Phylogenetic tree estimation recovered two regional clades corresponding to northern and southern T. s. tetrataenia that are consistent with cluster analyses (Fig 8). We find strong support for relationships within the Northern clade. Pacifica and Skyline form distinct groups that are sister to a group corresponding to the remaining San Andreas rift valley sites, and San Bruno forms a distinct group that is sister to all other sites nested in the Northern clade. With the exception of Pescadero, sites included in the southern clade tended to form distinct groups, but the relationships among sites were not well supported. A third clade, comprised of different T. sirtalis subspecies, renders the two T. s. tetrataenia clades paraphyletic. This clade is sister to the northern clade and includes individuals from two sites that are often treated as T. s. tetrataenia-T.s.infernalis intergrades (Site 3 and Lake Lagunita, Stanford University) as well as a single sample of T. s. fitchi from Colusa County.
Genetic diversity, effective size, Ne/Na ratios, and genetic rescue options
Diversity estimates were generally similar across sites, with the exception of Pacifica where measurably lower values were observed (Table 3). The highest estimates of diversity were found at Crystal Springs and Pescadero. Regional cluster diversity estimates were highest in the southern cluster for all diversity indices except allelic richness. Temporal estimates of diversity decreased between the 2004–2010 and 2016–2018 samples at Pacifica and Pescadero, while San Bruno and Año Nuevo increased in genetic diversity (Table 3). Effective population size (Ne) estimates were below the short-term threshold recommendation to limit inbreeding depression (≥ 100) for most sites with point estimates ranging from 9 to 60 (Table 4). The only exception was San Bruno, where Ne was estimated at 254. Effective population size estimates were particularly low at Pacifica and Crystal Springs (Ne = 9–13 and Ne = 10, respectively). Estimates using the two-sample temporal method provided similar point values and smaller confidence intervals than the LDNe method (Table 4). Using the point estimates for Ne and Na, we estimated an Ne/Na ratio for each site. The highest ratio was at Pescadero (Ne/Na = 0.78), followed by Skyline (Ne/Na = 0.64). The remainder of the sites were lower and ranged from 0.16–0.34.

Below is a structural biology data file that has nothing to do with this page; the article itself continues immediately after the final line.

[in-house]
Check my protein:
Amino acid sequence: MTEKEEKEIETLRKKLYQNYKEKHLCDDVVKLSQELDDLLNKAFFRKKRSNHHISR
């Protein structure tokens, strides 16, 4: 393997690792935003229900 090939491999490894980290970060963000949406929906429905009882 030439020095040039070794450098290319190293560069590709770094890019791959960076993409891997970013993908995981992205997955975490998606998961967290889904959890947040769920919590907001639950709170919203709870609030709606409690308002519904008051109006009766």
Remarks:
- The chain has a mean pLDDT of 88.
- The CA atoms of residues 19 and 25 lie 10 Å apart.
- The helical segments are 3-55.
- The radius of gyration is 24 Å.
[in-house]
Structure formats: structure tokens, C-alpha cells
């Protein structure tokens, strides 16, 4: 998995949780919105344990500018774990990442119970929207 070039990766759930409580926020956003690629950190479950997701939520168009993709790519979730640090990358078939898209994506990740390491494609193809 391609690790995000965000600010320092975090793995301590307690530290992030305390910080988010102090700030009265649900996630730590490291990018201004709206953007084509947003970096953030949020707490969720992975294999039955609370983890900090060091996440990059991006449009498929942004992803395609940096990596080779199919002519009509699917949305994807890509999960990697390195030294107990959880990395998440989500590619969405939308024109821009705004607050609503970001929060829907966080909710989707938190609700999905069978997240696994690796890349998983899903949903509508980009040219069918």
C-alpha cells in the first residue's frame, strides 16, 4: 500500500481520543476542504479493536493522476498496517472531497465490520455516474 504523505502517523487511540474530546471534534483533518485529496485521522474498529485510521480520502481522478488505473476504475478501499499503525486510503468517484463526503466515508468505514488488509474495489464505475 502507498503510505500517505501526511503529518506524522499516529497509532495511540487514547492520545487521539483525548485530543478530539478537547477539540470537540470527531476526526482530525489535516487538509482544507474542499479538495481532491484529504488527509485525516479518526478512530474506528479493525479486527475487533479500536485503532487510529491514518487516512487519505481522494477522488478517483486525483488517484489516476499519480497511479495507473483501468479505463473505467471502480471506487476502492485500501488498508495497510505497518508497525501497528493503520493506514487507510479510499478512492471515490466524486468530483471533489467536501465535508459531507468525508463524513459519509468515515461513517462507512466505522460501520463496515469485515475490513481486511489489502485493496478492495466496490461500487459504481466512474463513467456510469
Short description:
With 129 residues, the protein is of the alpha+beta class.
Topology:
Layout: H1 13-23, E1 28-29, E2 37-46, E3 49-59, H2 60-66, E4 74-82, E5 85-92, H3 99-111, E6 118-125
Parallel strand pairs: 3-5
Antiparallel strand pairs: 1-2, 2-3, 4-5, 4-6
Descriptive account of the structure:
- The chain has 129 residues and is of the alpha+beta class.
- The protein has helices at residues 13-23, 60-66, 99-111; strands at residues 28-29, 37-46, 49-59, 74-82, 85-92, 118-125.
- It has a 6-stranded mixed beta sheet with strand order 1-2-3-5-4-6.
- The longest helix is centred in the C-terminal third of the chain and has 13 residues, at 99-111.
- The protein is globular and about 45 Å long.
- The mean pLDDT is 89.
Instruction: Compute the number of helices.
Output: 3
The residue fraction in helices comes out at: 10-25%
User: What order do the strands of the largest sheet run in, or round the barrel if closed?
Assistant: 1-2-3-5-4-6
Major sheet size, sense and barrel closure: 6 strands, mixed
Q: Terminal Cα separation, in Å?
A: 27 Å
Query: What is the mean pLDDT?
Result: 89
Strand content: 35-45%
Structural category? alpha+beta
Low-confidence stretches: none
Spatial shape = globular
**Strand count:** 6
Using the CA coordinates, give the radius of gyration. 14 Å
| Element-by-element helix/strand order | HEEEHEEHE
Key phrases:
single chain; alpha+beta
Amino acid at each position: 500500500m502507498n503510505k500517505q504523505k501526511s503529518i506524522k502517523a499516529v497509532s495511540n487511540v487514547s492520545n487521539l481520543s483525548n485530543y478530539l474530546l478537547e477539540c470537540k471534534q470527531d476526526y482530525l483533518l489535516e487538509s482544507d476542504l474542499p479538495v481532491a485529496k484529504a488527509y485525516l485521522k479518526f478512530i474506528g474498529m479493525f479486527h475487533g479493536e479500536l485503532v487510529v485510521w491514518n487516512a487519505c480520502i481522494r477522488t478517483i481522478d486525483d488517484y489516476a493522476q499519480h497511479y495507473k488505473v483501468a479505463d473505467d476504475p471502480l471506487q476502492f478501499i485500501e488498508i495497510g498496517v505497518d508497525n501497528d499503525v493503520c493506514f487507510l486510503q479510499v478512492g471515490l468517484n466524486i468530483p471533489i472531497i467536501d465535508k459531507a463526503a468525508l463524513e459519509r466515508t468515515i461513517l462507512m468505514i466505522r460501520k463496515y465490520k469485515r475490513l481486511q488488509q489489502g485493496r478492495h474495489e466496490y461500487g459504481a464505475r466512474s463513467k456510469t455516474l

We used estimates of inbreeding coefficients (F) to investigate evidence of genetic erosion. Within northern sites, we estimated mean inbreeding coefficients (F) greater than 10 percent at Pacifica across all four genetic rescue scenarios (Table 5). This population also met other criteria that suggest genetic erosion (small, Na & Ne < 100 and isolated). For San Bruno, the mean inbreeding coefficient (F) was high using the nearest source site (Skyline) and the source site with highest heterozygosity (Crystal Springs), but F did not exceed the 10% threshold and San Bruno did not meet other genetic erosion criteria except being isolated. Within the southern sites, only Mindego showed evidence of genetic erosion. Estimates of F for Mindego were marginally greater than 10% using Pescadero as the source site and this site is geographically isolated with a low effective size (Ne < 100). Overall, these results suggest that several sites may be suffering from genetic erosion.
Using a combination of genomic and demographic data, we show evidence of regional partitioning and differences in the amount of genetic diversity across the range of an endangered vertebrate within a landscape that includes both urban and natural barriers. Genetic partitioning is consistent with the effects of distance in a movement-limited organism and degree of isolation, as well as local demographic artifacts that drive differentiation in the absence of gene flow. Below we detail these findings and discuss their implications for management.
Regional population structure
Phylogenetic, clustering, and genetic differentiation analyses all supported two regional groups of T. s. tetrataenia, a northern and southern group. While connectivity throughout most of the San Francisco Peninsula has waned over the last century due to urban expansion (Fig 1), long standing environmental gradients along the Santa Cruz Mountains may have also presented movement barriers for T. s. tetrataenia even prior to urbanization. For example, freshwater wetlands with heterogeneous grassland-scrub upland communities are key habitat components that support perennial T. s. tetrataenia populations and their co-occurring amphibian prey species [70–73], but they predominantly occur at lower elevations along the east and west sides of the Santa Cruz Mountains. In contrast, higher elevations along the crest of the mountains are dominated by the cooler, redwood-douglas fir forests [74–75]. Where wetland habitat is available at high elevation, such as Mindego (~550m), it tends to be naturally isolated from other such sites (Fig 1). The upland grassland-scrub communities at Mindego are bounded by the mixed evergreen forests that separate this population by several kilometers from other permanent wetlands in the region . Although isolated, our genetic data demonstrate that this population is more closely allied to the southern regional group compared to the northern group, suggesting that a reduction in gene flow in the middle of the species range is due to a combination of habitat limitations and geographic isolation. Further sampling in geographically intermediate areas would provide a better assessment of genetic interactions between the two major groups, but nonetheless these data support the recognition of these historically distinctive groups as separate management units.